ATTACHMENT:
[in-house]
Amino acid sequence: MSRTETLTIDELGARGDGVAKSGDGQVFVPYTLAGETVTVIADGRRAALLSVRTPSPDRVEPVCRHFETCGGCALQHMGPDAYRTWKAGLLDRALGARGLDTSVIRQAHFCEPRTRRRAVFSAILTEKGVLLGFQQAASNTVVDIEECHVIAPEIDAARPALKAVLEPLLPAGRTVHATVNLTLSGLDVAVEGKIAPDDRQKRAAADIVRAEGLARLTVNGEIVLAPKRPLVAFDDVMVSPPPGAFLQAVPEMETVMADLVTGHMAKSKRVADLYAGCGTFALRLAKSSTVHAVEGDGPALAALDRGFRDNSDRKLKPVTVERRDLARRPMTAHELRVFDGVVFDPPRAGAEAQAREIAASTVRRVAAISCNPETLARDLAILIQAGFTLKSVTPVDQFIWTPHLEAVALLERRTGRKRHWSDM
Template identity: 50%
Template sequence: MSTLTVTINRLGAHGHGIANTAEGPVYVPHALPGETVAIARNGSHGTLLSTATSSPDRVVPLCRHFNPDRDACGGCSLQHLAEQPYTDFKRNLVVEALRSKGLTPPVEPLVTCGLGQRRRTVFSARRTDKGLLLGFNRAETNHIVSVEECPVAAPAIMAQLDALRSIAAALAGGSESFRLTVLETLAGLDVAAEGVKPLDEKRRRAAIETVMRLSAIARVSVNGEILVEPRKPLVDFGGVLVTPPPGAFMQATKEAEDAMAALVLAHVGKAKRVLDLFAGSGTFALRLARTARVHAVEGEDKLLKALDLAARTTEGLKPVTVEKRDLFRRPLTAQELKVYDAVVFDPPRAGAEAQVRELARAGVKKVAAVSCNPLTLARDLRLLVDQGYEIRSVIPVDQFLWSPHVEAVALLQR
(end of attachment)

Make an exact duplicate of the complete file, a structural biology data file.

[in-house]
Amino acid sequence: MSRTETLTIDELGARGDGVAKSGDGQVFVPYTLAGETVTVIADGRRAALLSVRTPSPDRVEPVCRHFETCGGCALQHMGPDAYRTWKAGLLDRALGARGLDTSVIRQAHFCEPRTRRRAVFSAILTEKGVLLGFQQAASNTVVDIEECHVIAPEIDAARPALKAVLEPLLPAGRTVHATVNLTLSGLDVAVEGKIAPDDRQKRAAADIVRAEGLARLTVNGEIVLAPKRPLVAFDDVMVSPPPGAFLQAVPEMETVMADLVTGHMAKSKRVADLYAGCGTFALRLAKSSTVHAVEGDGPALAALDRGFRDNSDRKLKPVTVERRDLARRPMTAHELRVFDGVVFDPPRAGAEAQAREIAASTVRRVAAISCNPETLARDLAILIQAGFTLKSVTPVDQFIWTPHLEAVALLERRTGRKRHWSDM
Template identity: 50%
Template sequence: MSTLTVTINRLGAHGHGIANTAEGPVYVPHALPGETVAIARNGSHGTLLSTATSSPDRVVPLCRHFNPDRDACGGCSLQHLAEQPYTDFKRNLVVEALRSKGLTPPVEPLVTCGLGQRRRTVFSARRTDKGLLLGFNRAETNHIVSVEECPVAAPAIMAQLDALRSIAAALAGGSESFRLTVLETLAGLDVAAEGVKPLDEKRRRAAIETVMRLSAIARVSVNGEILVEPRKPLVDFGGVLVTPPPGAFMQATKEAEDAMAALVLAHVGKAKRVLDLFAGSGTFALRLARTARVHAVEGEDKLLKALDLAARTTEGLKPVTVEKRDLFRRPLTAQELKVYDAVVFDPPRAGAEAQVRELARAGVKKVAAVSCNPLTLARDLRLLVDQGYEIRSVIPVDQFLWSPHVEAVALLQR